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As daily spending remains high due to inflation, more and more Americans are turning to credit cards to make ends meet.
As the personal savings rate fell to near an all-time low, credit card balances rose 15% year over year, the largest increase in more than 20 years, according to the Federal Reserve Bank of New York’s latest quarterly report.
“With prices more than 8% higher than a year ago, it’s perhaps not surprising that balances are increasing,” the Fed researchers said wrote in a blog post.
“The real test, of course, will be whether these borrowers will continue to be able to make payments on their credit cards.”
Now, studies show fewer Americans are paying off their credit cards in full.
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Almost half, or 46%, of credit cardholders have debt on at least one card month-to-month, up from 39% last year, according to a new report from Bankrate.com.
“People are holding out for now, but some of the cracks are starting to show,” said Ted Rossman, senior industry analyst at Bankrate.
Not only can carrying a balance lower your credit score, but sky-high APRs make credit cards one of the most expensive ways to borrow money.
The median credit card rate is now averaging 19.6% — at an all-time high — after rising at its steepest annual pace on record, in step with Federal Reserve rate hikes to fight inflation.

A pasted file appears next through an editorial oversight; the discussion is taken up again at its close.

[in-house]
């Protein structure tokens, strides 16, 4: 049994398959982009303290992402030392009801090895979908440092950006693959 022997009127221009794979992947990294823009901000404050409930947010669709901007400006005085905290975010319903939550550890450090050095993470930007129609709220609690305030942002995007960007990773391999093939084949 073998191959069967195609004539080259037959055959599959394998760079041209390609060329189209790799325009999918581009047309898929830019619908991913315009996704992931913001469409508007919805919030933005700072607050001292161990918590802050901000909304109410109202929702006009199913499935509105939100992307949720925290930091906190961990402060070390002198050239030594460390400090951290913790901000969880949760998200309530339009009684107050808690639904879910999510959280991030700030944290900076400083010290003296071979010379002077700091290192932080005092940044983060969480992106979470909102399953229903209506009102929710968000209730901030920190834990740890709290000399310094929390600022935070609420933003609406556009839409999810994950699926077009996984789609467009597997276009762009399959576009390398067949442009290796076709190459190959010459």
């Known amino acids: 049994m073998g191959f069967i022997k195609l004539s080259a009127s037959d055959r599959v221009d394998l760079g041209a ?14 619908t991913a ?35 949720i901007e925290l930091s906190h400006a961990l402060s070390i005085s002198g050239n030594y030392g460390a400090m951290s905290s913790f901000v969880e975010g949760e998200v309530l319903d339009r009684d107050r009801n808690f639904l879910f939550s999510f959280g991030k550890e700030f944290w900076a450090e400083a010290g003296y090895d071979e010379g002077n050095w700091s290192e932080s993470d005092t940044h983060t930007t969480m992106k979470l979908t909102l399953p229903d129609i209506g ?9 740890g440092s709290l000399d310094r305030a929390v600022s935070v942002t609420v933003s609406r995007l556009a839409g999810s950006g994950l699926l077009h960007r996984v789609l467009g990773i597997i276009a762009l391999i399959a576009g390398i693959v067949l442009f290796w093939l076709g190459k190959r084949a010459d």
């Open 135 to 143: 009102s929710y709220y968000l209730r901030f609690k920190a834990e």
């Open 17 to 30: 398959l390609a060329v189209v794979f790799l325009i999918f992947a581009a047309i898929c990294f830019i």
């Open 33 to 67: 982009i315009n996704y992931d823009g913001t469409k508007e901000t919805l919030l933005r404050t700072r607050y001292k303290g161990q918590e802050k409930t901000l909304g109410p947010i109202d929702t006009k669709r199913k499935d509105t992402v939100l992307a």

Coupled with the Fed’s pledge to keep raising its benchmark until more progress is made, credit card rates will top 20% by the end of the year, Rossman predicts.
Those with revolving debt tend to have even higher interest rates, he said. However, 43% of those who have a balance don’t even know the interest rate they’re being charged, Bankrate also found.
The math is “amazing”
At 19.6%, if you make minimum payments on the average credit card balance — which Transunion says is $5,474 — it would take you nearly 17 years to pay off the debt and cost you more than $7,528 in interest, calculated bank rate.
“The math is pretty mind boggling,” Rossman said.
The first thing you should do is acknowledge what you owe and the rate of interest, he advised. Then start paying off the debt with a 0% balance transfer card.
A 0% balance transfer card is “the best weapon you can have in your arsenal against credit card debt,” said Matt Schulz, LendingTree’s chief credit analyst.
“If you don’t take steps to reduce that debt, it will only get more expensive,” Schulz said.
Cards offering up to 21 months with no interest on transferred funds “are still common,” he added.
According to Schulz, getting the most out of a balance transfer comes down to making those payments on time and aggressively paying off the balance during the introductory period.
If you do not pay the balance, a higher APR will be applied to the remaining balance, generally averaging around 23%, which is in line with new loan interest rates.
https://www.cnbc.com/2023/01/10/americans-lean-heavily-on-credit-cards-amid-inflation.html Americans rely heavily on credit cards amid inflation